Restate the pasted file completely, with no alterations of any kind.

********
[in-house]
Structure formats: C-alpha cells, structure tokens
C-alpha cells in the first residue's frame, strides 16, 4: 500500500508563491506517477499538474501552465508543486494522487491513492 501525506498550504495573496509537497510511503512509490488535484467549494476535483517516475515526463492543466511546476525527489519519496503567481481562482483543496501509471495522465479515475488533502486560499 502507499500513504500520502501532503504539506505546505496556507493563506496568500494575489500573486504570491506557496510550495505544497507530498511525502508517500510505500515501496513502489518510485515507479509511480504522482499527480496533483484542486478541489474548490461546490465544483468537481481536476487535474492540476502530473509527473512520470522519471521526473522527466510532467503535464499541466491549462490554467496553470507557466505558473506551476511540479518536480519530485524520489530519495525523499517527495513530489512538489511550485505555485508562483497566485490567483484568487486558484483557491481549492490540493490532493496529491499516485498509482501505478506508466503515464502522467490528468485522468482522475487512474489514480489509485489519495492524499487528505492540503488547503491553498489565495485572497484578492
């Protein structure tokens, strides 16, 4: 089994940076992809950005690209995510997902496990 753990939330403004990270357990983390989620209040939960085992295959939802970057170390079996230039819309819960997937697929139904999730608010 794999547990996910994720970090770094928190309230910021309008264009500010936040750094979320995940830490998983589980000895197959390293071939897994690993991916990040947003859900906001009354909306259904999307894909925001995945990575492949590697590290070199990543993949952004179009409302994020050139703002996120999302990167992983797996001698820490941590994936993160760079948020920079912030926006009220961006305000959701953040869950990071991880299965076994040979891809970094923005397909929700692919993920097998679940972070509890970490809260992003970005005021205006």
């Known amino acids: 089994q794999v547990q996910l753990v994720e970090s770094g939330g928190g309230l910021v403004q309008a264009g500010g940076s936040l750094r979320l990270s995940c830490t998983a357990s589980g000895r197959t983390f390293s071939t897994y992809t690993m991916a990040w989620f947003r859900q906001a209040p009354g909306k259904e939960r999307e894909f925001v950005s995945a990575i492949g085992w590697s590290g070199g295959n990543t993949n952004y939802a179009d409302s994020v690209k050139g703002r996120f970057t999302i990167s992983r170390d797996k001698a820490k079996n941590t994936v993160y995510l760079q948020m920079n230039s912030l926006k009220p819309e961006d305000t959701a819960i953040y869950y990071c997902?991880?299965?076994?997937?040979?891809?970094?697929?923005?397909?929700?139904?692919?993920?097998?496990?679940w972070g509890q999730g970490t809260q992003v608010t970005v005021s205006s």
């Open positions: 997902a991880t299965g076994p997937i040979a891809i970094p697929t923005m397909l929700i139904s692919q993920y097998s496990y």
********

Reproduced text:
[in-house]
Structure formats: C-alpha cells, structure tokens
C-alpha cells in the first residue's frame, strides 16, 4: 500500500508563491506517477499538474501552465508543486494522487491513492 501525506498550504495573496509537497510511503512509490488535484467549494476535483517516475515526463492543466511546476525527489519519496503567481481562482483543496501509471495522465479515475488533502486560499 502507499500513504500520502501532503504539506505546505496556507493563506496568500494575489500573486504570491506557496510550495505544497507530498511525502508517500510505500515501496513502489518510485515507479509511480504522482499527480496533483484542486478541489474548490461546490465544483468537481481536476487535474492540476502530473509527473512520470522519471521526473522527466510532467503535464499541466491549462490554467496553470507557466505558473506551476511540479518536480519530485524520489530519495525523499517527495513530489512538489511550485505555485508562483497566485490567483484568487486558484483557491481549492490540493490532493496529491499516485498509482501505478506508466503515464502522467490528468485522468482522475487512474489514480489509485489519495492524499487528505492540503488547503491553498489565495485572497484578492
């Protein structure tokens, strides 16, 4: 089994940076992809950005690209995510997902496990 753990939330403004990270357990983390989620209040939960085992295959939802970057170390079996230039819309819960997937697929139904999730608010 794999547990996910994720970090770094928190309230910021309008264009500010936040750094979320995940830490998983589980000895197959390293071939897994690993991916990040947003859900906001009354909306259904999307894909925001995945990575492949590697590290070199990543993949952004179009409302994020050139703002996120999302990167992983797996001698820490941590994936993160760079948020920079912030926006009220961006305000959701953040869950990071991880299965076994040979891809970094923005397909929700692919993920097998679940972070509890970490809260992003970005005021205006």
């Known amino acids: 089994q794999v547990q996910l753990v994720e970090s770094g939330g928190g309230l910021v403004q309008a264009g500010g940076s936040l750094r979320l990270s995940c830490t998983a357990s589980g000895r197959t983390f390293s071939t897994y992809t690993m991916a990040w989620f947003r859900q906001a209040p009354g909306k259904e939960r999307e894909f925001v950005s995945a990575i492949g085992w590697s590290g070199g295959n990543t993949n952004y939802a179009d409302s994020v690209k050139g703002r996120f970057t999302i990167s992983r170390d797996k001698a820490k079996n941590t994936v993160y995510l760079q948020m920079n230039s912030l926006k009220p819309e961006d305000t959701a819960i953040y869950y990071c997902?991880?299965?076994?997937?040979?891809?970094?697929?923005?397909?929700?139904?692919?993920?097998?496990?679940w972070g509890q999730g970490t809260q992003v608010t970005v005021s205006s």
């Open positions: 997902a991880t299965g076994p997937i040979a891809i970094p697929t923005m397909l929700i139904s692919q993920y097998s496990y």